Road Work at Great Basin National Park
Road work will create delays on the main park road going up to Lehman Caves Visitor Center and Wheeler Peak Scenic Drive. Wheeler Peak Campground will close at noon on September 2nd and portions of the Scenic Drive. Click more for details. Updated 8/25/14 More »
Snake Creek Road and Campsites Closed
The Snake Creek Road will be closed from the park boundary into the park to begin work on campsites, trails and restroom improvements. Work will continue until snow closes the project. Work will resume in Spring 2015.
The Affect of Water on Lehman Caves
NPS PHOTO scott babinowich
Speleologists have theorized that at one time there may have been rising warm or hot water in the cave. This water would only need to be at least one degree warmer than the water in the cave to make a difference chemically. In some places, especially in the Rocky Road section of Lehman Caves, there are ceiling half tubes, evidence of this change in temperature. The ceiling half tubes are though to be places where warmer water entered the cave. Other evidence is the increased metamorphism present in this part of the cave. However, not much research has been done to test this theory. Cracks in the bedrock (joints and faults) have been a major avenue for water (warm or cool) to enter the cave.
NPS PHOTO scott babinowich
Some features in caves show definite directional characteristics. A good example in Lehman Caves is the directional popcorn found in the Rose Trellis Room and the Inscription Room. Only one side of the formations has popcorn, while the other side is undecorated. This is probably because as water moved through the cave, it deposited the popcorn in the eddy behind the formations. It is also possible that this may have happened in an air-filled passage by similar means.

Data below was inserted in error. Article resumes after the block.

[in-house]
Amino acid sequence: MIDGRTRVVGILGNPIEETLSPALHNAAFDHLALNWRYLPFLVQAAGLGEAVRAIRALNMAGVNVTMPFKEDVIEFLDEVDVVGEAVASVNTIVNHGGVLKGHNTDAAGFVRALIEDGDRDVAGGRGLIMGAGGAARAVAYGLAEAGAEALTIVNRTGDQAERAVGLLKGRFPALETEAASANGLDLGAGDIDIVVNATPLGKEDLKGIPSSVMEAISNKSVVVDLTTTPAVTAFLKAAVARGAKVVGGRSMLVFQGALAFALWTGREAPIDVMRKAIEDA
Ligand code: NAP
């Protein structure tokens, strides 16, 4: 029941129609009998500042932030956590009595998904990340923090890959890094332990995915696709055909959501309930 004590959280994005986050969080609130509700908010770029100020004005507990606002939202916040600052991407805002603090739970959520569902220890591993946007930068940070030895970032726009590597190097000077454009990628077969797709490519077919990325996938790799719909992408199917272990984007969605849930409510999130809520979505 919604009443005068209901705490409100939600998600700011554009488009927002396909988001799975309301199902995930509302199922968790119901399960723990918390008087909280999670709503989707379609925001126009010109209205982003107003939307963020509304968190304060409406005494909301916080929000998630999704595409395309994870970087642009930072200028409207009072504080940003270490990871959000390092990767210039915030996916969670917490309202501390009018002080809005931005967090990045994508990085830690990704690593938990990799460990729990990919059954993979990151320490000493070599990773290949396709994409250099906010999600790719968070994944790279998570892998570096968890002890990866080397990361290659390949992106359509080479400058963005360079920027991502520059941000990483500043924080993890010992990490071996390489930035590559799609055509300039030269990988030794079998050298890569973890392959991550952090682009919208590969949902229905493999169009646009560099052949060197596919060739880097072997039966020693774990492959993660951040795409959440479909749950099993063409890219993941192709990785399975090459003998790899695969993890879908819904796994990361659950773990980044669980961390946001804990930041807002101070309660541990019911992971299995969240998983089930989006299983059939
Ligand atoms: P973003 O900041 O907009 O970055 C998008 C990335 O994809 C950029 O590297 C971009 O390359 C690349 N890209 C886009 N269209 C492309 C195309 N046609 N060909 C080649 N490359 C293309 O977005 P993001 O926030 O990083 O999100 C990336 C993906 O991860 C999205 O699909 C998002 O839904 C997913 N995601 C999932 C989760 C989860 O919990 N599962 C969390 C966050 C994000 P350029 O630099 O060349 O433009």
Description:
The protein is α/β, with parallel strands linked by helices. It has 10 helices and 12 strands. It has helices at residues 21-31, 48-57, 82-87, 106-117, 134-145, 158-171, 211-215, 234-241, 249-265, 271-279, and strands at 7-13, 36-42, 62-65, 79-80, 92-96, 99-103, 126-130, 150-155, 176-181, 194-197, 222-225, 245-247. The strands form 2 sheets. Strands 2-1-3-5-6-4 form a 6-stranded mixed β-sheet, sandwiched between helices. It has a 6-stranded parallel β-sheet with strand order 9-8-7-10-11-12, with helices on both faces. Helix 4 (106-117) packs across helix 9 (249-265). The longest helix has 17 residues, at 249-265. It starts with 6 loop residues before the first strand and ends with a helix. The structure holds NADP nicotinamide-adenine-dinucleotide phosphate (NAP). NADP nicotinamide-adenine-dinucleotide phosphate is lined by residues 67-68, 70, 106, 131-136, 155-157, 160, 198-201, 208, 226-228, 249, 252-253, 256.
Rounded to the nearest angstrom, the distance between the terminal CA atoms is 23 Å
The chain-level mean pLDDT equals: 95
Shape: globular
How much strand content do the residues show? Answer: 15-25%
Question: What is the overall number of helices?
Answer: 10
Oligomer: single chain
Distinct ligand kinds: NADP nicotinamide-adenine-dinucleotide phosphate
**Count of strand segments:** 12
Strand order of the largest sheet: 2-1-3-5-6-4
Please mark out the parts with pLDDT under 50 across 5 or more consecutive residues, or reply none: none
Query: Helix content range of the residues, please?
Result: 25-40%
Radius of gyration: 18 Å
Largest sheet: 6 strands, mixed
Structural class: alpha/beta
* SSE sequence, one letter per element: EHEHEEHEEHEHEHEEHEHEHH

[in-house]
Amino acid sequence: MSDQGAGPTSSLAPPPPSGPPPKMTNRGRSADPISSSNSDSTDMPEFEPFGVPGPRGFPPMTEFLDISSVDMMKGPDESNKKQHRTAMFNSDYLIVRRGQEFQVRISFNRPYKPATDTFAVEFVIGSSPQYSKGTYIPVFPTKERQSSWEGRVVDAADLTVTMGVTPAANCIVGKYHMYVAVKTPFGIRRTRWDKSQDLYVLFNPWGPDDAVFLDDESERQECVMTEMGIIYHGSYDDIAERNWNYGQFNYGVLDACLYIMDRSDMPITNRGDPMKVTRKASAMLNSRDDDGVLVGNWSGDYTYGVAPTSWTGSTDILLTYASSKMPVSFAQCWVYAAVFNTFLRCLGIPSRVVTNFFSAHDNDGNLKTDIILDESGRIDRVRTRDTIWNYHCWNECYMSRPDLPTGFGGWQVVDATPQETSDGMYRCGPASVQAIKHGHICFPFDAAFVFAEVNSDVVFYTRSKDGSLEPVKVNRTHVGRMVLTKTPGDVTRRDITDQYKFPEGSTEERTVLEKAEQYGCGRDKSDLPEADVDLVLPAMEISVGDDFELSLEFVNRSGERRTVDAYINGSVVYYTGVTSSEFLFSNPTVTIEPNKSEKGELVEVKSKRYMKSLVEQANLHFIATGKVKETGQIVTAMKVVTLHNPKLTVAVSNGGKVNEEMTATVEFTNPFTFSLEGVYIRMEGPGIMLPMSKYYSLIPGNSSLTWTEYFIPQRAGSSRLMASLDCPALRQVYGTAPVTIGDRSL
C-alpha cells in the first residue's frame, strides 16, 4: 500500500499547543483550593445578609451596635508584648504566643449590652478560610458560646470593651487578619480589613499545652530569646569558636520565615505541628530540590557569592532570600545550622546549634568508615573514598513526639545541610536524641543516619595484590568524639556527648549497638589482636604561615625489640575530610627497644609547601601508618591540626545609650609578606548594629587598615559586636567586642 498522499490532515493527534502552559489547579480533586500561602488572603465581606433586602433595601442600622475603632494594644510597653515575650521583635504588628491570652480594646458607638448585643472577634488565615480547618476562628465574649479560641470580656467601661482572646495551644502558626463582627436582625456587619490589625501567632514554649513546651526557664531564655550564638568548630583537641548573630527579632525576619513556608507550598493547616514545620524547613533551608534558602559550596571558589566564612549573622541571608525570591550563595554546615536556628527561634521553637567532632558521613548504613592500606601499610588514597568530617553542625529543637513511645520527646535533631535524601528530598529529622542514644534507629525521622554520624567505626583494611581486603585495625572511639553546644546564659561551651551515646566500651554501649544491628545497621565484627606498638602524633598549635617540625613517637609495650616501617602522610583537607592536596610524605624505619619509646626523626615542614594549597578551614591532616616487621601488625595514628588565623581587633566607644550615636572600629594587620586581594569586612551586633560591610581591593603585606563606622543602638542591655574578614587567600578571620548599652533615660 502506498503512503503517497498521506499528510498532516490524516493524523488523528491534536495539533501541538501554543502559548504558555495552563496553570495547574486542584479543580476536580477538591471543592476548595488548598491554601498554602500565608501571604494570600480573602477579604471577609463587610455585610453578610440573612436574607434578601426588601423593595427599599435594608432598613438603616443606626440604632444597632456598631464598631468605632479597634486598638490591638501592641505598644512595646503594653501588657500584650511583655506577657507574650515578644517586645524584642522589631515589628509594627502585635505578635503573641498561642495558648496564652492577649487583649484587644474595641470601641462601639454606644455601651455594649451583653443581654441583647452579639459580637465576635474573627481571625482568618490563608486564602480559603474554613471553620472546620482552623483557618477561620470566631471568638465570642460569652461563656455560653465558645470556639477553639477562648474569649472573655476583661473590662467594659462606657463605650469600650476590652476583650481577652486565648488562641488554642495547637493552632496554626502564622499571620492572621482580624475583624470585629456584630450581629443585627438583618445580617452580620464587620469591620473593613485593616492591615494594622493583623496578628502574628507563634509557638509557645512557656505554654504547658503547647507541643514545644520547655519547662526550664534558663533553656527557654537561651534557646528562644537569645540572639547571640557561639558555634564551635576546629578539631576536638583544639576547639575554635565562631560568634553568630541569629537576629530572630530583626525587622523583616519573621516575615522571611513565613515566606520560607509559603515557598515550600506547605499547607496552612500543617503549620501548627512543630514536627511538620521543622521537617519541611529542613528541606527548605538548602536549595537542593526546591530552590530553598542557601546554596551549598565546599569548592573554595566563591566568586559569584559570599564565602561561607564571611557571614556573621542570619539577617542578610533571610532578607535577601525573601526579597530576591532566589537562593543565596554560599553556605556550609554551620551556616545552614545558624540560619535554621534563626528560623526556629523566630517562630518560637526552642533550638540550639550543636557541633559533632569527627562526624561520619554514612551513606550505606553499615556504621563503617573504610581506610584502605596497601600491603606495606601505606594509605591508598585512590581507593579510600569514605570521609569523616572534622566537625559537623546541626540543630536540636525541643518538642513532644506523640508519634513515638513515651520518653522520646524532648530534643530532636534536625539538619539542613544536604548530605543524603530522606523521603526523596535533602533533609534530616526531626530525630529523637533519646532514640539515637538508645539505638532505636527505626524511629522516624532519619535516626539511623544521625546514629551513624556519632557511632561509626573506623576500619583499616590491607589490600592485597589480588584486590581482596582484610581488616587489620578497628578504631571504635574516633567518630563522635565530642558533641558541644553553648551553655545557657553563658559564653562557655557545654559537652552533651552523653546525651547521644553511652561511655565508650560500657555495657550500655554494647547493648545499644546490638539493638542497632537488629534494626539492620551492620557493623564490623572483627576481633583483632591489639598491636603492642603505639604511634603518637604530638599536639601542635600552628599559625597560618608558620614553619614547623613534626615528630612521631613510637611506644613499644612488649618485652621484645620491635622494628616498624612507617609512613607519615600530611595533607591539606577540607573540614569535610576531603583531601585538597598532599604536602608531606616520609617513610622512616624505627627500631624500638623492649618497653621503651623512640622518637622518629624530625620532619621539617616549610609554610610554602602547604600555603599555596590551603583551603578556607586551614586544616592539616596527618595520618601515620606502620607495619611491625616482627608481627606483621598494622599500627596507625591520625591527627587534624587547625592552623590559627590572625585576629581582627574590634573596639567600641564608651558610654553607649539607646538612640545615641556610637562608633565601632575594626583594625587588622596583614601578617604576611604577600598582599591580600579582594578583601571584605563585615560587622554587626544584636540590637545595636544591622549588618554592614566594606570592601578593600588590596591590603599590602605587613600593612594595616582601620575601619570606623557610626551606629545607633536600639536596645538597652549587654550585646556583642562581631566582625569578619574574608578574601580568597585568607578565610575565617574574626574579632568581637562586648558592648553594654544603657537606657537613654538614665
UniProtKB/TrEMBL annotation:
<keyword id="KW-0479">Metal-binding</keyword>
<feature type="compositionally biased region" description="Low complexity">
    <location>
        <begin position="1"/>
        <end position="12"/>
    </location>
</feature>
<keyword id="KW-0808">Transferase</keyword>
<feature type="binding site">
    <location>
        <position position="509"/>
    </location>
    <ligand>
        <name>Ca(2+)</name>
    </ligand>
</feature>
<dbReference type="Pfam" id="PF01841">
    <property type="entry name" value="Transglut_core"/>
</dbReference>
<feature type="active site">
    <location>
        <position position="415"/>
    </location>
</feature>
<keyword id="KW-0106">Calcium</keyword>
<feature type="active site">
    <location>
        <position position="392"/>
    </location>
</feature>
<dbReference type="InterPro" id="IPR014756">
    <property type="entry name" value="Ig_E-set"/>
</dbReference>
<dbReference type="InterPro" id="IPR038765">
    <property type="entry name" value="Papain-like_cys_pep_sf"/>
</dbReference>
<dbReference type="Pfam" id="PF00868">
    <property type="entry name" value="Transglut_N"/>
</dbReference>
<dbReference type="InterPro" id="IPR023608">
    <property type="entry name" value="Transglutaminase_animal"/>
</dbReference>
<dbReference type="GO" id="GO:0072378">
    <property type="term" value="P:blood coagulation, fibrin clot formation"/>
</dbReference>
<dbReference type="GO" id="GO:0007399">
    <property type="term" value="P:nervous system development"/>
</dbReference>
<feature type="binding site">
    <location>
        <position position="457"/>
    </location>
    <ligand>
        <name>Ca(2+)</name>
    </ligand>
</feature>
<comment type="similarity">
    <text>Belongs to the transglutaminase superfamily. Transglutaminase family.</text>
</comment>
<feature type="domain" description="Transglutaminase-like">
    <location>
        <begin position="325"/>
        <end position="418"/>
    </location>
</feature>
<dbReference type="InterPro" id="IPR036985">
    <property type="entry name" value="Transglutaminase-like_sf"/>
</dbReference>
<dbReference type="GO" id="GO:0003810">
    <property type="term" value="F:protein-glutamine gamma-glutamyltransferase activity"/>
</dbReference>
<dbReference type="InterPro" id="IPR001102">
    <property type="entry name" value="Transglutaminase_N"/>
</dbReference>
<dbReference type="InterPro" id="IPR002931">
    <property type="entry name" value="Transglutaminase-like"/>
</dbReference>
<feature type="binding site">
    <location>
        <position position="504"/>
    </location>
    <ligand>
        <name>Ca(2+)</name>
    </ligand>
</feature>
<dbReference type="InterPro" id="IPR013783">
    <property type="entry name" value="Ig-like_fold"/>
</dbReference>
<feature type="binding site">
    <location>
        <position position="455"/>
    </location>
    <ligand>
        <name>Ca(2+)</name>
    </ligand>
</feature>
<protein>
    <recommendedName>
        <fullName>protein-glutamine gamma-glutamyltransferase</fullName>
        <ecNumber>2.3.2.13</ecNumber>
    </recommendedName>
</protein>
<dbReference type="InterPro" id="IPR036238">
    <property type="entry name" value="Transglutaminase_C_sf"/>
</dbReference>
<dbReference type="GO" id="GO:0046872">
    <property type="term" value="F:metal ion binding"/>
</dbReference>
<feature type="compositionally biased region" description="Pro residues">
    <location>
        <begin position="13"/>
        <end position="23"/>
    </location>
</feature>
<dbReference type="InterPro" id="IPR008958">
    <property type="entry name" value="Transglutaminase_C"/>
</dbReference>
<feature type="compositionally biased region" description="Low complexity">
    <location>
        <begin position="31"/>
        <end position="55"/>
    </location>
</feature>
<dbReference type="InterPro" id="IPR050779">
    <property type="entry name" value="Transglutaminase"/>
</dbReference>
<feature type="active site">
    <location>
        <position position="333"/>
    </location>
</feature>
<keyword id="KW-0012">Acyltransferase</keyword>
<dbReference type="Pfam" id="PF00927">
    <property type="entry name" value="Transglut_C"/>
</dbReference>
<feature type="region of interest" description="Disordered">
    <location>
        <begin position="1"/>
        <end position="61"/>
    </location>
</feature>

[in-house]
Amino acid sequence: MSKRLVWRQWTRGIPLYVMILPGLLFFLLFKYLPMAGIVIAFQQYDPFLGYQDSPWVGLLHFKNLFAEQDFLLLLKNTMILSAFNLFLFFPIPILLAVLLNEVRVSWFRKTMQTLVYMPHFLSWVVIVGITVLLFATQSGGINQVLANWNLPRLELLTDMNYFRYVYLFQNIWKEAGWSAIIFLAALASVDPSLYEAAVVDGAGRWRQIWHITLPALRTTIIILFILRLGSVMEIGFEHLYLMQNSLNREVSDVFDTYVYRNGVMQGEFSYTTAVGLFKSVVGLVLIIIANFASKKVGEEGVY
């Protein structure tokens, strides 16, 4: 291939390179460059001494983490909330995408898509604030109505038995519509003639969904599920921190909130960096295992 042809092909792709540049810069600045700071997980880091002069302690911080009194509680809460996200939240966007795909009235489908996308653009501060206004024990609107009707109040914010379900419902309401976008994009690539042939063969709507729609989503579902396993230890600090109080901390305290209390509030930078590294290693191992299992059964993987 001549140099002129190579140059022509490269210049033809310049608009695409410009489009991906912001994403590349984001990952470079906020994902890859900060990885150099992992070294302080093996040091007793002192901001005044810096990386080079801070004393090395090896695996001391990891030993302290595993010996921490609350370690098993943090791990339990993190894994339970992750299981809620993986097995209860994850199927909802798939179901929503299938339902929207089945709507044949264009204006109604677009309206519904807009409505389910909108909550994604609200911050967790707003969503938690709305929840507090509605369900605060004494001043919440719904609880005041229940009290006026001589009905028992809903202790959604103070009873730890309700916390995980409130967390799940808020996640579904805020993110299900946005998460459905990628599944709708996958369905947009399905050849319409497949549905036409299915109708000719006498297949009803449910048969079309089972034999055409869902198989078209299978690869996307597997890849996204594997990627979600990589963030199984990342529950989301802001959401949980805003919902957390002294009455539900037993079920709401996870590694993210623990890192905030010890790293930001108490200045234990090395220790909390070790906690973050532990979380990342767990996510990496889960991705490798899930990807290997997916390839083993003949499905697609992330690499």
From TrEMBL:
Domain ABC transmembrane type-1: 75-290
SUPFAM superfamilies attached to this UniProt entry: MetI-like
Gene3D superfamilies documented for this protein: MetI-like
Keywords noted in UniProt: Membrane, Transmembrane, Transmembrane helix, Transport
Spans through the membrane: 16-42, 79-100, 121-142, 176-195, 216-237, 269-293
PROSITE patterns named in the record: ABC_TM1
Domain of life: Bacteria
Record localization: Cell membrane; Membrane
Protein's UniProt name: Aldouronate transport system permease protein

Flowing water caused the scalloping in some parts of the cave. The water (with a little acid in it) moved past the wall from the gradually inclined side towards the steep side of the scallop. As the water moved over the ridge, it swirled down on the backside of the scallop, enlarging it. The erosion was caused by the acid in the water, not gravel and particles. It is possible to determine the speed of the water by measuring the length of the sides and the angle between them. The direction is determined by the steep and gradual sides. The steep side in each pocket is upstream (in other words, on the downstream side of the ridge). It is possible to map flow direction in a cave using scallops. In Lehman Caves, there are places where the scallops in the same room indicate different flow directions. There were probably eddies off the main flow that caused this. The path of the water was generally from the Grand Palace Room towards the cave entrance.
NPS PHOTO SCOTT BABINOWICH
Some formations in Lehman Caves have been redissolved. A good example of this is the formation called the Eagle's Wing in the Lodge Room. The cave drained and some formations grew, then the cave refilled with water some time later. This water dissolved part of the formations. The water drained again, and decoration of the cave continued. It is also possible that some dissolution of formations happens in the air. The moisture in the air that condenses on formations and bedrock may be able to dissolve some calcite. This is most apparent with draperies. Draperies can look heavily corroded and have holes in them. Draperies have a high surface area for water to condense onto and can be very thin, so even a small amount of dissolution would be very noticeable. Some researchers believe that bacteria may play a role in condensation corrosion.
Did You Know?
Great Basin National Park is home to Lexington Arch, one of the largest limestone arches in the western United States. This six-story arch was created by the forces of weather working slowly over the span of centuries. This type of above ground limestone arch is rare.